BY: LYNDA GRAY
Deer farmers have copped the brunt of the Covid-19 effect on red meat prices.
Silver Fern Farms and Alliance enforced on suppliers from early May a “base” schedule price with the possibility of a top-up payment depending on the eventual market price received.
Hardest hit are SFF suppliers, who in the week beginning May 10 were offered prices ranging from $3.80 to $5/kg, depending on weight. For the same week Alliance prices ranged from $5.70 to $6.50/kg.
John Somerville, NZDFA chair said deer farmers were aware of the pressures along the supply chain most but were blindsided by the new payment arrangement.
“Most farmers were getting everything killed before the lockdown at about $7/kg and then it was ‘bang’ – a lot of farmers are angry at the suddenness of it all.”
Specialist venison exporter Duncan NZ was sticking with its usual schedule payment system although chief executive Andrew Duncan said in a newsletter to suppliers that this arrangement might not be sustainable.
He said that a big influence on demand will be the time it takes to unclog the supply chain of venison held in cold storage during the lockdown of restaurants and foodservice distributors. This product would be first in line for consumption as demand slowly kicked in, so a lag time in new orders was inevitable.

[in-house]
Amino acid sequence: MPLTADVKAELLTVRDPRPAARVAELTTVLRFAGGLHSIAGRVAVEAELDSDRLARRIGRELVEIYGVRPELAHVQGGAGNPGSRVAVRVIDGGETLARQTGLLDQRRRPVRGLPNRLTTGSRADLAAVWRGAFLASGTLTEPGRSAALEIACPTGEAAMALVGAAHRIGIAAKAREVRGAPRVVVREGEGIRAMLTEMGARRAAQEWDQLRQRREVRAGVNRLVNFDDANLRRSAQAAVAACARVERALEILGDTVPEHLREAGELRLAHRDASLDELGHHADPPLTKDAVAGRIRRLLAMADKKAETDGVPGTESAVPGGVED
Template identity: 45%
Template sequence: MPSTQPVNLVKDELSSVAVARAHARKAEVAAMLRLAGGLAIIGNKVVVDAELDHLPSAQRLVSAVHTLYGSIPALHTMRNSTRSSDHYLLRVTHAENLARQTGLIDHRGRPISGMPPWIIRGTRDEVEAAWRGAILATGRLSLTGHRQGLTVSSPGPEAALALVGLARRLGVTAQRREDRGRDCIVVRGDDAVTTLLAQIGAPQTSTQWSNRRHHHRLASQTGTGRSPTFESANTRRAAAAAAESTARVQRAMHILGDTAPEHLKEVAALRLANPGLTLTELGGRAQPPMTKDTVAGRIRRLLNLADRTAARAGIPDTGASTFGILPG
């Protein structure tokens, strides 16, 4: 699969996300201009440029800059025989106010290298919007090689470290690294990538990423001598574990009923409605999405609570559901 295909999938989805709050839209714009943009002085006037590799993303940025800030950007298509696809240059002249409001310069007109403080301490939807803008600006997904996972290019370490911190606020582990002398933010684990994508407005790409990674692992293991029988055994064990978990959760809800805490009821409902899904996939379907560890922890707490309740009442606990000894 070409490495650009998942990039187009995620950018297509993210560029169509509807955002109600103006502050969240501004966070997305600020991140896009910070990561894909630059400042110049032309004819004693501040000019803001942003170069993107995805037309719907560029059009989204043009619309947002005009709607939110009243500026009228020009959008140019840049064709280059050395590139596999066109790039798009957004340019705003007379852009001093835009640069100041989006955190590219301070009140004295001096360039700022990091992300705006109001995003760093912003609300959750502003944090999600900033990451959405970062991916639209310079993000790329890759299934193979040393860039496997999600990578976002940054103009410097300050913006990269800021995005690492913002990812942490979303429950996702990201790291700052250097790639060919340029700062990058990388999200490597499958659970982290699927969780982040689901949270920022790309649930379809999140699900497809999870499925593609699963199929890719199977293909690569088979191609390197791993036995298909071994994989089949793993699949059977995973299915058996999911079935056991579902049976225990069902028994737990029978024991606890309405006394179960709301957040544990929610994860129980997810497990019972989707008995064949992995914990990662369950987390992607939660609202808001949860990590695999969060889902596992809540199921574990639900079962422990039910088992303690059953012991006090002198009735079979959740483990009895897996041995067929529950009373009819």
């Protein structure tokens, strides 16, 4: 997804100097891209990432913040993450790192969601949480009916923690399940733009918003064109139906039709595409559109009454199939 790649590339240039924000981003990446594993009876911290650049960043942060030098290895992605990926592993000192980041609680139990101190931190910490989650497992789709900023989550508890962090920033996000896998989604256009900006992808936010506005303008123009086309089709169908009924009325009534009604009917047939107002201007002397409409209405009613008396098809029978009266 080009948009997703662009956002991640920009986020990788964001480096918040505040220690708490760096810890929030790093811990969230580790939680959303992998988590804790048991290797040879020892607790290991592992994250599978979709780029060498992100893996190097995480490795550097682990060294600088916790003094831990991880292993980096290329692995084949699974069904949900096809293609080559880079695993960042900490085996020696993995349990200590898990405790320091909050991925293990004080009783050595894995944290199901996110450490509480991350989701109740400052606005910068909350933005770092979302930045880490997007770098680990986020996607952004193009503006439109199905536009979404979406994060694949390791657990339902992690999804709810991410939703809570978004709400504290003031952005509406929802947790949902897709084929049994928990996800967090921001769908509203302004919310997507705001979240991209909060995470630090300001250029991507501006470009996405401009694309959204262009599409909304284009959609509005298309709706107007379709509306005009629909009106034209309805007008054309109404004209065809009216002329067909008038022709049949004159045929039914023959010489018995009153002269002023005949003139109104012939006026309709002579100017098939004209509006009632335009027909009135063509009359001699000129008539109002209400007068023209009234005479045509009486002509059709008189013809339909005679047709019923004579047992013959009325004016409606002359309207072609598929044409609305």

Mountain River would continue to offer a “competitive schedule”, marketing manager John Sadler said. He downplays the significance of Covid-19 on the price plunge and says that stocks of venison had been accumulating well before the pandemic.
“There was too much stock and then Covid came along. Its impact kicked in after the main venison season, but my concern is how it will effect the next chilled season.”
He blames the stocks build-up in part to the “pet food bubble” of 2017-2018 leading some marketers to divert venison from European wholesalers to the higher paying United States pet food market. That bubble burst and left New Zealand exporters with a stock problem when they failed to get back into European markets.
Sadler said venison, unlike lamb or beef, lacked liquidity in marketing terms. It was a niche and seasonal product of small volumes which was difficult to swap in and out of markets.
“Unfortunately, the meat industry is based on short-term pricing which makes it difficult when you’re trying to develop and support long term marketing strategies.”
While it might be cold comfort for deer farmers, he believed the long-term prospects for venison were good.
“My opinion is that we will ride through this. It’s a short-term problem, but exactly what that means remains to be seen.”